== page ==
Silicon Valley has been the focus of a lot of debates on divides in recent times, highlighted in January when a wealthy retired venture capitalist claimed people like him were victims of anti-top 1% sentiment, that was comparable with Nazi pogroms against the Jews in Germany. The latest divide issue is the focus of a long piece published online on Wednesday and due to be published in next Sunday's issue of The New York Times Magazine on young engineers/ entrepreneurs searching for the next big thing, while ignoring opportunities in less-sexy areas of tech like semiconductors, data storage and networking - - the essential products that form the foundation on which all of Web 2.0 rests - - but which are dominated by old fogies of 35+.
Yiren Lu, a recent Harvard graduate, who now studies computer science at Columbia, writes of “the vague sense of a frenzied bubble of app-making and an even vaguer dread that what we are making might not be that meaningful.”
New York Times: Silicon Valley’s Youth Problem
Here are some extracts:
[The rapid consumer-ification of tech, led by Facebook and Google, has created a deep rift between old and new, hardware and software, enterprise companies that sell to other businesses and consumer companies that sell directly to the masses.
In pursuing the latest and the coolest, young engineers ignore opportunities in less-sexy areas of tech like semiconductors, data storage and networking, the products that form the foundation on which all of Web 2.0 rests. Without a good router to provide reliable Wi-Fi, your Dropbox file-sharing application is not going to sync; without Nvidia’s graphics processing unit, your BuzzFeed GIF is not going to make anyone laugh. The talent — and there’s a ton of it — flowing into Silicon Valley cares little about improving these infrastructural elements. What they care about is coming up with more web apps.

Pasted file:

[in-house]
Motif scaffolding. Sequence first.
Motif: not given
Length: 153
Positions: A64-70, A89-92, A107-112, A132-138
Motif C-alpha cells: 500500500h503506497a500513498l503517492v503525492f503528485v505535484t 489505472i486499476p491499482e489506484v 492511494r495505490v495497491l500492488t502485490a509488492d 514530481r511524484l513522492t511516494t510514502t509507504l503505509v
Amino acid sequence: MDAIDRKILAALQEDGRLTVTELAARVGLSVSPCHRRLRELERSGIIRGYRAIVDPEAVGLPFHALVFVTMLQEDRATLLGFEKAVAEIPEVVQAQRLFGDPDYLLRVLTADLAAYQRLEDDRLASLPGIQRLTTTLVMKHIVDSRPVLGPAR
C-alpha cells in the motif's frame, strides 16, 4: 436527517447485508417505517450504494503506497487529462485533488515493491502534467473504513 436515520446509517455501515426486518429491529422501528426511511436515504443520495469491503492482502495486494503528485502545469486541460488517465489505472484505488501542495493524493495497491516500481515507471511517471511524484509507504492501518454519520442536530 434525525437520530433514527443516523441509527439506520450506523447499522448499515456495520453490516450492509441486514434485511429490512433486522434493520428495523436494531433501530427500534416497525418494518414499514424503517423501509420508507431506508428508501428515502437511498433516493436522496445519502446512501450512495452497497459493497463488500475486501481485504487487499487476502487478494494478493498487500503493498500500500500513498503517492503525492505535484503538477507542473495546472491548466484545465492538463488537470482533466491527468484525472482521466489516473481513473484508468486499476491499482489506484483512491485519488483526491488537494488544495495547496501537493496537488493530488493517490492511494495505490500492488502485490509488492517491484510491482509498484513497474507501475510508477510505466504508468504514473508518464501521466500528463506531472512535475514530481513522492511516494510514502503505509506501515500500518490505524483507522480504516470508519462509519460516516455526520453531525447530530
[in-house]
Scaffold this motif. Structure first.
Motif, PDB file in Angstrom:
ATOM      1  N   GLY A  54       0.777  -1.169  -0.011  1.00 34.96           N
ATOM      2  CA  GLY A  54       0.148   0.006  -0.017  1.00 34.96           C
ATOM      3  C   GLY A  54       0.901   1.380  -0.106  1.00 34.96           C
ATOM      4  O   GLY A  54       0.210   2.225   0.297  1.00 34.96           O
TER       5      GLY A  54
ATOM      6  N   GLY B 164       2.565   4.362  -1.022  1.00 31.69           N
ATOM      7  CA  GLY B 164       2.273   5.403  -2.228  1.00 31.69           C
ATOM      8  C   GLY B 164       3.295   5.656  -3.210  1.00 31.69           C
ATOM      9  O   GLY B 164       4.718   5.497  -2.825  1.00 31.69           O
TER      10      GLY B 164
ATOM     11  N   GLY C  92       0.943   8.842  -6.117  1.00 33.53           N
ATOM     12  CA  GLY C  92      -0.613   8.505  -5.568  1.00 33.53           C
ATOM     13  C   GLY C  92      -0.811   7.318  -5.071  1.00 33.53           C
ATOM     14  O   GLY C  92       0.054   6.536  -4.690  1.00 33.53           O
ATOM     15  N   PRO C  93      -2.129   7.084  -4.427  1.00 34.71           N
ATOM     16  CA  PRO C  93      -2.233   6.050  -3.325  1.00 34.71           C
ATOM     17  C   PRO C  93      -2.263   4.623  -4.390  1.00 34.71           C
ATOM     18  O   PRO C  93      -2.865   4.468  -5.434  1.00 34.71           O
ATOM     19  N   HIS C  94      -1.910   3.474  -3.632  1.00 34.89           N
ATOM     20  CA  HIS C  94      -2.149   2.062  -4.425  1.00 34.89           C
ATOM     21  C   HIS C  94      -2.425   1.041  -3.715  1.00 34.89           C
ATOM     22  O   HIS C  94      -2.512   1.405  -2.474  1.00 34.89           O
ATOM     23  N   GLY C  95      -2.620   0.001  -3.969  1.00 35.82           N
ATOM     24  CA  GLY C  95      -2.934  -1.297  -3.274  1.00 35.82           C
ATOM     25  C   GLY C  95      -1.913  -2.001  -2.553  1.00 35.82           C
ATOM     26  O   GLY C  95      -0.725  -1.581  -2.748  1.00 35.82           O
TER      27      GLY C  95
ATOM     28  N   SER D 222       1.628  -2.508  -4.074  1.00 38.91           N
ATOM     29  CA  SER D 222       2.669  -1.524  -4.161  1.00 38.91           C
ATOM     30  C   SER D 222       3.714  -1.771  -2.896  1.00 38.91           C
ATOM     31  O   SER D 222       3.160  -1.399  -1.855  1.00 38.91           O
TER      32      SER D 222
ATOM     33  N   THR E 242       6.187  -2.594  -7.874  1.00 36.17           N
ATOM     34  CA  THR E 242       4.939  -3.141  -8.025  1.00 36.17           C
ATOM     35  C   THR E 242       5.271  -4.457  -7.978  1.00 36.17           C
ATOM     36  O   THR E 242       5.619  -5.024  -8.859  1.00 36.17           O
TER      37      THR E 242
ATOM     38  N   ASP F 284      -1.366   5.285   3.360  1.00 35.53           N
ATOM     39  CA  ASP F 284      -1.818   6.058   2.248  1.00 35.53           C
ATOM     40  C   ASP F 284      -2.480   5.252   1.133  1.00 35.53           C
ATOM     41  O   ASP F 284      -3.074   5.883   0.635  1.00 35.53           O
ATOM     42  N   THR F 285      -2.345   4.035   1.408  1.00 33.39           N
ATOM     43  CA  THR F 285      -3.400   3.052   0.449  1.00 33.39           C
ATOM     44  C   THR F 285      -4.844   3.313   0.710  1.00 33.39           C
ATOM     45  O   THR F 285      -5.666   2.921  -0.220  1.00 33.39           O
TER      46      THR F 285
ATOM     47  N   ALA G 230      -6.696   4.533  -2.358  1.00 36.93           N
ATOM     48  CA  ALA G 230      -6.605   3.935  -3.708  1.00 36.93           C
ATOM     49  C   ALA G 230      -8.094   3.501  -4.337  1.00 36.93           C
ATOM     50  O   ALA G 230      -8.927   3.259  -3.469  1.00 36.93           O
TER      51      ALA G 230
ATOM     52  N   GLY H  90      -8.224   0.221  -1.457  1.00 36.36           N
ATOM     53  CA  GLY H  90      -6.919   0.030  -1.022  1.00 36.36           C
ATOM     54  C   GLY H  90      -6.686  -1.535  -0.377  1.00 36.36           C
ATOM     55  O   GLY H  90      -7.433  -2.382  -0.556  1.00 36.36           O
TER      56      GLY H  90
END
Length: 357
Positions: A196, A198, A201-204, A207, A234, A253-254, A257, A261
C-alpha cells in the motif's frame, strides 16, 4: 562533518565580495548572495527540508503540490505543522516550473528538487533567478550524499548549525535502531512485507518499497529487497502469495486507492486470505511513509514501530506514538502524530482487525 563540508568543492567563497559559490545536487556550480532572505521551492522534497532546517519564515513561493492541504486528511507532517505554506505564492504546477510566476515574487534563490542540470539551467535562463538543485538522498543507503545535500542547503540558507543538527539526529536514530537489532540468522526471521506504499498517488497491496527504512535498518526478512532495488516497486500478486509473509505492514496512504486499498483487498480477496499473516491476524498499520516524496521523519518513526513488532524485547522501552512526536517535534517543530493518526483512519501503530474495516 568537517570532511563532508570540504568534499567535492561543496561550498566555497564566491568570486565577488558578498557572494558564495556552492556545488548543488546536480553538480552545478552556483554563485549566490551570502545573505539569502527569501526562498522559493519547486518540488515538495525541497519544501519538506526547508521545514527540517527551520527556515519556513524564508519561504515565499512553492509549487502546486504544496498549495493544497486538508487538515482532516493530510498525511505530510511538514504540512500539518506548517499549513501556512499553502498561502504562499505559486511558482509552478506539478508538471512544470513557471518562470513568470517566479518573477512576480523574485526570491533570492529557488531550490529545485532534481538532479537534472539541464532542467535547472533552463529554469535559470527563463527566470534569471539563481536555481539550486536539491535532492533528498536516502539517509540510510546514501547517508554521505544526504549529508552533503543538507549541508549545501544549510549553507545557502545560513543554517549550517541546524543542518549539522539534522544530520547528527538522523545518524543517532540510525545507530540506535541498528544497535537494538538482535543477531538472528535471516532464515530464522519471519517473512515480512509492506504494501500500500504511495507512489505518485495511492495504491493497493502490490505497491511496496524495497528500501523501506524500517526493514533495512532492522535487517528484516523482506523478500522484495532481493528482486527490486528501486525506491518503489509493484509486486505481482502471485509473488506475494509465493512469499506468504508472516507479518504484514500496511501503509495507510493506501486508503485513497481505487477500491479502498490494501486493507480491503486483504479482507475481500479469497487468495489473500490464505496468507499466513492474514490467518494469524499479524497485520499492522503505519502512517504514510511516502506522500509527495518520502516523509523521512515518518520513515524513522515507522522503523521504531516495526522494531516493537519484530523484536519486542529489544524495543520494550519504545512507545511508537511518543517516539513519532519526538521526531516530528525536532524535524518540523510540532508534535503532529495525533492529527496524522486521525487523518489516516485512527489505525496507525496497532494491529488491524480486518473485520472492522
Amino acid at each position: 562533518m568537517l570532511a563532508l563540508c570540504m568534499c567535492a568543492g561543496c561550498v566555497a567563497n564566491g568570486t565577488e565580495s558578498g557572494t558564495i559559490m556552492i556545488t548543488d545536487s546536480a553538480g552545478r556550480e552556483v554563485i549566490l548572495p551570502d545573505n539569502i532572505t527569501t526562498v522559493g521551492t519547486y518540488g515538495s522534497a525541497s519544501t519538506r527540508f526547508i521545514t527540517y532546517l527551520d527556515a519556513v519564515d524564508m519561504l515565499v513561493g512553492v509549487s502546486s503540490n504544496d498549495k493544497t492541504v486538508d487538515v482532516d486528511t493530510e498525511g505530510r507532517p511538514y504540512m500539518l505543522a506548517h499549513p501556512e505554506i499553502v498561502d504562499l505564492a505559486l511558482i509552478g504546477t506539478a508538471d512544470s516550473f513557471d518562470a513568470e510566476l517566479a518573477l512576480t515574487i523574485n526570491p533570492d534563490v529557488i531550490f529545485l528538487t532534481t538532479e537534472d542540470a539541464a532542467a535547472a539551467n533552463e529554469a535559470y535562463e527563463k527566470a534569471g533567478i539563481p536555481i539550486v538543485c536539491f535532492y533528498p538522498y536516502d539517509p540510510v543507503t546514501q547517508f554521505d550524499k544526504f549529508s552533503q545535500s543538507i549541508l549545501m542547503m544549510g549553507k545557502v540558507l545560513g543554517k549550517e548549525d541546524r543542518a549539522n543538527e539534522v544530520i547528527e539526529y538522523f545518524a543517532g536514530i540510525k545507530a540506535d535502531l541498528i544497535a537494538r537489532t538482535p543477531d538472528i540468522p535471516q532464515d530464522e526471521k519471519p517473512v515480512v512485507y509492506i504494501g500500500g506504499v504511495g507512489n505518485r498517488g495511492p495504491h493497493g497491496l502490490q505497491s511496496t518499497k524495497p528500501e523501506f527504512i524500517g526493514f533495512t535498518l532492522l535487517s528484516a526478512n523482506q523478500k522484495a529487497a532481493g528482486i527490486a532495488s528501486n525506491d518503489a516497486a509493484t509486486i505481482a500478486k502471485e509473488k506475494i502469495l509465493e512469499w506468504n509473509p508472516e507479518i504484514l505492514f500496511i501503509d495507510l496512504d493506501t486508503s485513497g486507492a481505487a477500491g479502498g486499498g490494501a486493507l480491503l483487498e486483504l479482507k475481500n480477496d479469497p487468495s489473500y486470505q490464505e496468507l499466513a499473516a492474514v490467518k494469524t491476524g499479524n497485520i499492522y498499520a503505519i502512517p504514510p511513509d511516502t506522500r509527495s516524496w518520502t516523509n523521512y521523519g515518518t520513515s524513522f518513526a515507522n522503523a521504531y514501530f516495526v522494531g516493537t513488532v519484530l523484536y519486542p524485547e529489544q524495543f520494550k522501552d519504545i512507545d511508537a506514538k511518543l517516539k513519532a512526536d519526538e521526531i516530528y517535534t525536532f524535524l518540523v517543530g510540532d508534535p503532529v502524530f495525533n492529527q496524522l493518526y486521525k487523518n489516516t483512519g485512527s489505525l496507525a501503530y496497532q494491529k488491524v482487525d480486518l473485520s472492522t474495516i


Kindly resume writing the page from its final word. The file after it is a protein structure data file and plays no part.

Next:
What’s cool? Who can be trusted? Why does one start-up go public, while another, which seems to do the same thing, fizzles? What logic, if any, pertains to where the money flows? These are the anxious questions that pervade Silicon Valley now, I think, more than ever — the vague sense of a frenzied bubble of app-making and an even vaguer dread that what we are making might not be that meaningful.
Smart kids want to work for a sexting app because smart kids want to work for the same sexting app.
There are thousands of engineers working at big corporations in Silicon Valley, many with years of experience and proven track records of creating code. Many of them have also been through several cycles of layoffs, as older companies divest assets and shave costs. So why are start-ups constantly bemoaning a shortage of talent?
Older engineers are not smart in the way that start-ups want them to be — or, if they are, they have reservations about the start-up lifestyle. Both these reasons are symptomatic of how far apart the two sides have drifted. If there are whole swaths of engineering talent whose skills or styles cannot be integrated into a company, then maybe that operation has been limiting itself.
A few weeks ago, a programmer friend and I were talking about unhappiness, in particular the kind of unhappiness that arises when you are 21 and lavishly educated with the world at your feet. In the valley, it’s generally brought on by one of two causes: coming to the realization either that your start-up is completely trivial or that there are people your own age so knowledgeable and skilled that you may never catch up.
According to the company PayScale, the median age of employees at Hewlett-Packard is 39, at Facebook 26. I tried to verify with Jim the median age at Stripe, which looked to be about 25, and he paused to think. “Well, we just got an engineer whose hair is thinning.” Then he added, “I actually have no idea how old he is.”]
Check out our subscription service, Finfacts Premium , at a low annual charge of €25
© Copyright 2011 by Finfacts.com